Putting out the welcome mat

Paul Edwards
August 2, 2006

How to be - Sue Ellson, founder, Newcomers Network.

ANYONE who has moved to a new country, city or region knows how stressful the process can be - I have made a business out of easing the transition.

I started work at Westpac after my final year 12 exam in 1982 and began a business certificate course which I left because I was always falling asleep in boring classes and was receiving only average passes. Ironically, my career accelerated immediately.

I still enjoyed studying, so at 27 I started a bachelor of business in administrative management by correspondence. The following year I moved from Adelaide to Melbourne and in my first year here started a new career, became pregnant, stopped working and hosted regular visitors from interstate. Although I attended a new mothers' group every week, I felt that I had nothing in common with Melburnians and wanted to "belong".

I started reading a lot of books about careers and life purpose while continuing part-time consulting work. It took several years of soul-searching and another baby to help me decide what I wanted: an intellectual challenge, to be constantly learning, flexible hours and meaningful work. It also took a long time to find new compatible friends.

In 1999 I started to research what was available for people who have moved to Melbourne. The final subject of my degree in 2000 was a research project. The University of South Australia agreed that I could investigate the expectations, issues and realities of people who have moved to Melbourne. My research supervisor encouraged me to continue developing the newcomer concept after the degree was completed.

In 2001, I settled on the name Newcomers Network. It was full steam ahead for the launch of newcomersnetwork.com in May 2001. The network was set up as a social enterprise because I wanted both men and women to access the information.

Newcomers Network now has more than 50,000 unique website visitors every month, more than 3000 email newsletter subscribers and our Sydney representative, Dina Zavrski-Makaric, and I host free monthly Welcome to Sydney and Welcome to Melbourne events. Newcomers Network has also hosted and co-ordinated more than 50 professional functions for newcomers and networkers.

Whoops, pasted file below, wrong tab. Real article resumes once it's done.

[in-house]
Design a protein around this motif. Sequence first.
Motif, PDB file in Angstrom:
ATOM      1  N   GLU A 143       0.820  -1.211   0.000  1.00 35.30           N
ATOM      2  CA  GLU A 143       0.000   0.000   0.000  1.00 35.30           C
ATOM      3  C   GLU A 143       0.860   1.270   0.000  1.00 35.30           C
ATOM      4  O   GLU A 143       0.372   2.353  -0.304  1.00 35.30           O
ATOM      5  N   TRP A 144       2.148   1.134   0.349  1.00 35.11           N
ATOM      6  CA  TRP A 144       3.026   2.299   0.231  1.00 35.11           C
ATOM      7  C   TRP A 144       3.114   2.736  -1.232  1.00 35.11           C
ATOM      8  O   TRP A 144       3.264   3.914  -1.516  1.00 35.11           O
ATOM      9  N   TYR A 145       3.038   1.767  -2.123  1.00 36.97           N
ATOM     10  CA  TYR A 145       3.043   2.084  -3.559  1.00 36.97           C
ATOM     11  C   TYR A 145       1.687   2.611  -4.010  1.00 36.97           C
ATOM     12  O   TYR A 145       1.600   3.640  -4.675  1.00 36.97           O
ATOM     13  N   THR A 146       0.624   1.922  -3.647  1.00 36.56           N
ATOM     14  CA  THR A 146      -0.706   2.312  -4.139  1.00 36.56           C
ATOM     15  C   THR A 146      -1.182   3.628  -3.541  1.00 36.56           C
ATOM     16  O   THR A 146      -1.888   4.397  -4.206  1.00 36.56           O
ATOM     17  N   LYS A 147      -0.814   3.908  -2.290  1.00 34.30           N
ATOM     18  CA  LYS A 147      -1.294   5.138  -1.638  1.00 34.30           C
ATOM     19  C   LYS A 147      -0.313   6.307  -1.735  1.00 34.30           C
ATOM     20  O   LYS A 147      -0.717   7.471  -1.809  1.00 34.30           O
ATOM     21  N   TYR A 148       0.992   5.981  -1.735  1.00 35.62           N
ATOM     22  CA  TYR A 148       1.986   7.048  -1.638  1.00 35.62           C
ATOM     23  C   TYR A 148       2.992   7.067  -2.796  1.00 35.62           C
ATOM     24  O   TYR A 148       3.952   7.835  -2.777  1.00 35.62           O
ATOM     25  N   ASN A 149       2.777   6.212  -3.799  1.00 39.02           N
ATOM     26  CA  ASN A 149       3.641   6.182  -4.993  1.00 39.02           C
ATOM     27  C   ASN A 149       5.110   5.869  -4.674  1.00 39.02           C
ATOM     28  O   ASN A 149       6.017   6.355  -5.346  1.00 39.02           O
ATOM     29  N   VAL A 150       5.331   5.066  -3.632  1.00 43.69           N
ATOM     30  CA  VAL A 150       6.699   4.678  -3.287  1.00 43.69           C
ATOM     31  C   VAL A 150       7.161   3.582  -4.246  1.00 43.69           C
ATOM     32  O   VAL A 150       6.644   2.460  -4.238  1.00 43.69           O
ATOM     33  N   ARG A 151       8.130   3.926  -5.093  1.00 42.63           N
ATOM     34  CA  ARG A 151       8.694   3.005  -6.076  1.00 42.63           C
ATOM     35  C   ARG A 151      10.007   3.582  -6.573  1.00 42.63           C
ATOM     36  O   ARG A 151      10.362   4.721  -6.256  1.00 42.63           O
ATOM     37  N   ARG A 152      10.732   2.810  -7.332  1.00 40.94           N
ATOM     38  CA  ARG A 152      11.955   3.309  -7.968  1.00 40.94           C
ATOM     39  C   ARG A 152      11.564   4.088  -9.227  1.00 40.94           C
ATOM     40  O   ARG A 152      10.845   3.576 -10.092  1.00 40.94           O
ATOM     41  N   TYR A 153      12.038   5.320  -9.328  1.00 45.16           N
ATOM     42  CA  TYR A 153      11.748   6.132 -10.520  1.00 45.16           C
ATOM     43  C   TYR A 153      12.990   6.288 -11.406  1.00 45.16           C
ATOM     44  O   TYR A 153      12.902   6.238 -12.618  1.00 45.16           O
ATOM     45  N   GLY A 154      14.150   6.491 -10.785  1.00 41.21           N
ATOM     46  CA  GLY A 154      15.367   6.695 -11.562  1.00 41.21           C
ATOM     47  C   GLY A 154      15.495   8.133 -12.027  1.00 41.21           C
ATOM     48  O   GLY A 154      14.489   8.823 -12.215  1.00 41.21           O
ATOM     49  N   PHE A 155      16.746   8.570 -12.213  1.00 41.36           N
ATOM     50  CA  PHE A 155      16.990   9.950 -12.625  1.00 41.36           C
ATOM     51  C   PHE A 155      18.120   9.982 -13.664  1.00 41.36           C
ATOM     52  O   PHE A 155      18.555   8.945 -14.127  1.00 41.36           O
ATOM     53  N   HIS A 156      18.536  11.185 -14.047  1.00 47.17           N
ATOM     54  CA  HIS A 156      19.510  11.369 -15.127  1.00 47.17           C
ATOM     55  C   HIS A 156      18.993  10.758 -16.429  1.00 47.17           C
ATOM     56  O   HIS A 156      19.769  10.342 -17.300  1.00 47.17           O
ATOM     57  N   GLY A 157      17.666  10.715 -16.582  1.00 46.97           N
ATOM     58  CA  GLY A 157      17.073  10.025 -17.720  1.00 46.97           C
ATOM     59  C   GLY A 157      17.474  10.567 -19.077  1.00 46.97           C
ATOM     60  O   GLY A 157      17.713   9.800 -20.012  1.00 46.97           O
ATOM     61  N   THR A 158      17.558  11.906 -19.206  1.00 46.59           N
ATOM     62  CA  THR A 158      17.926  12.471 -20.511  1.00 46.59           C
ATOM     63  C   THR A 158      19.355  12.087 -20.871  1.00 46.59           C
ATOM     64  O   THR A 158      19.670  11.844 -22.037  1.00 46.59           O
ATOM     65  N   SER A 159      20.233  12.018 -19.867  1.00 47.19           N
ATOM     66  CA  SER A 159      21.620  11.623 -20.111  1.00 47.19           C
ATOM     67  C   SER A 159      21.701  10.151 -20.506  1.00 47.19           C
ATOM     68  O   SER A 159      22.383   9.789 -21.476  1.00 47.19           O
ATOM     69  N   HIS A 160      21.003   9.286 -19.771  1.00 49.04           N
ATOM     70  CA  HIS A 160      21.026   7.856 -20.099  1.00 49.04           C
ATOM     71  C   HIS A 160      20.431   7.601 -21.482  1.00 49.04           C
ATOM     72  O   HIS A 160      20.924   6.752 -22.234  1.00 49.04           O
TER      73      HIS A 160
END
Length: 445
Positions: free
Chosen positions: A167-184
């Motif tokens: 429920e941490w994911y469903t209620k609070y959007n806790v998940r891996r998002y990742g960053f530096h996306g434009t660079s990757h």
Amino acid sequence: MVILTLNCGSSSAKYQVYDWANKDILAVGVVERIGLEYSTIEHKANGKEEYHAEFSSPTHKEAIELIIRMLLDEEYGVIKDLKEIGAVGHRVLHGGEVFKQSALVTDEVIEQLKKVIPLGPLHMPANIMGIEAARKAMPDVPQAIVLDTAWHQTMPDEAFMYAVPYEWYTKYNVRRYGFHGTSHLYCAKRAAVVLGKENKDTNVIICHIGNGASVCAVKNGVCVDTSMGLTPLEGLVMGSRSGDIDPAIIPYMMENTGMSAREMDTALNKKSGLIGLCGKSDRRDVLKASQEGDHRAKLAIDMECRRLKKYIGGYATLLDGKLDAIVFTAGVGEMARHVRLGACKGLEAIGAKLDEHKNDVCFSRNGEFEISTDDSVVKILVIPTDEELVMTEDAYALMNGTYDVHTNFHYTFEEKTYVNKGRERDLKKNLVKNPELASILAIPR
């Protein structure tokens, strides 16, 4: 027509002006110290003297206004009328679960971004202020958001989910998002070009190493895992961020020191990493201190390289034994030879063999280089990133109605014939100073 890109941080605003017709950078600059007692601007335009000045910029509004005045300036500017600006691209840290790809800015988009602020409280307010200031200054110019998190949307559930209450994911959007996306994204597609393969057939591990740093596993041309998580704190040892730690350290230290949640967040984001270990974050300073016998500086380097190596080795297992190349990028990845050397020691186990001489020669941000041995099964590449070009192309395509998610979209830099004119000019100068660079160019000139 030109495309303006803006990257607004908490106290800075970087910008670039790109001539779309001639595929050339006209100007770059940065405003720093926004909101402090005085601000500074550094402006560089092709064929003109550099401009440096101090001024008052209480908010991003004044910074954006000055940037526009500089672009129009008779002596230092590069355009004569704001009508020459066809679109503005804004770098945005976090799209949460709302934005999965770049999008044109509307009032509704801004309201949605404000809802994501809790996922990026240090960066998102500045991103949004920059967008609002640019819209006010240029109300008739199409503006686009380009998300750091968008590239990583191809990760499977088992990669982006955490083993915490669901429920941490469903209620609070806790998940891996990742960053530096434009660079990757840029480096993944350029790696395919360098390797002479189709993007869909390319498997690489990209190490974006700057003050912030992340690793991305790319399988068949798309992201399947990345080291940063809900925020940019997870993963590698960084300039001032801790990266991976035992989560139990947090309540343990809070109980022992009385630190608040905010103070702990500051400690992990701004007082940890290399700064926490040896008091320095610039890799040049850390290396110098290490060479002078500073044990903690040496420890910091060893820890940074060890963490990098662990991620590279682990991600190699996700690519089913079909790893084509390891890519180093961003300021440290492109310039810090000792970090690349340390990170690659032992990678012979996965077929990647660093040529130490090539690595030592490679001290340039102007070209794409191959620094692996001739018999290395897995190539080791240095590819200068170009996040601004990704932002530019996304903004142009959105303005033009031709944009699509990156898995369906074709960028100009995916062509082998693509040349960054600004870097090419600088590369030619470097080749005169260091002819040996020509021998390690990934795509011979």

My research found the term "not for profit" was associated with charity - by men in particular - and that newcomers would not pay for this information even though they needed it. It could not be funded by government as people from some countries are suspicious of anything to do with government.

So I have relied on my own consulting services, business member fees and Google advertisement revenue to ensure that the service remains free of charge and accessible to anyone with an internet connection. Babel Fish provides a free online translation tool and I work up to 70 hours a week.

The network has allowed me to advocate for both skilled migrants and returning Australians, particularly in relation to finding relevant work. I have established many relationships across Australia and internationally to help governments and individuals manage settlement issues more effectively.

The network has supported the Australian Government's Living in Harmony Initiative since 2003, was a finalist in the Corporate Citizenship Category of the Australian HR Awards in 2004, earned a four-star business accreditation from Micronavigator in 2004 and a highly commended award in the emerging business category, Micro Business Awards in 2001.

We have also supported the Victorian Immigrant and Refugee Women's Coalition from 2004 to 2006, the Australian Institute of Management International Business Group from 2001 to 2002, and the Cultural Tourism Industry Group in 2001 and 2002.

Personally, I have grown in many ways, particularly since February last year, when I separated from my husband of 19 years.

Now, more than ever, I value the friends I have here, so much so that I call them my Melbourne family. I'm thankful that some of the skills I used in moving to a new location can be applied to other life transitions.


Born Adelaide, June 1965

Education Bachelor of business, University of South Australia; Certificate IV in Workplace Training and Assessment.

Memberships Australian Human Resources Institute, Australian Institute of Management, Golden Key National Honour Society, Migrant Information Centre Eastern Melbourne, Relocation Network, Victorian Immigrant and Refugee Women's Coalition, Victorian Writers' Centre.

Jobs 1982-1994: Westpac Banking Corporation, Adelaide. 1994-2001: Consulting roles in Melbourne - recruitment, marketing, training, community radio; corporate and not-for-profit organisations. 2001-present: Newcomers Network.

Career low Managing the perception of a home-based business.

Career high I regularly receive emails telling me what a difference the Newcomers Network website has made to their move.

Influences My children, family and friends. I have an 88-year-old mentor in Canada - we have been exchanging emails for two years but have never spoken. And newcomers, modern-day pioneers who inspire me.

Unwinding Walking, cycling, reading, yoga.

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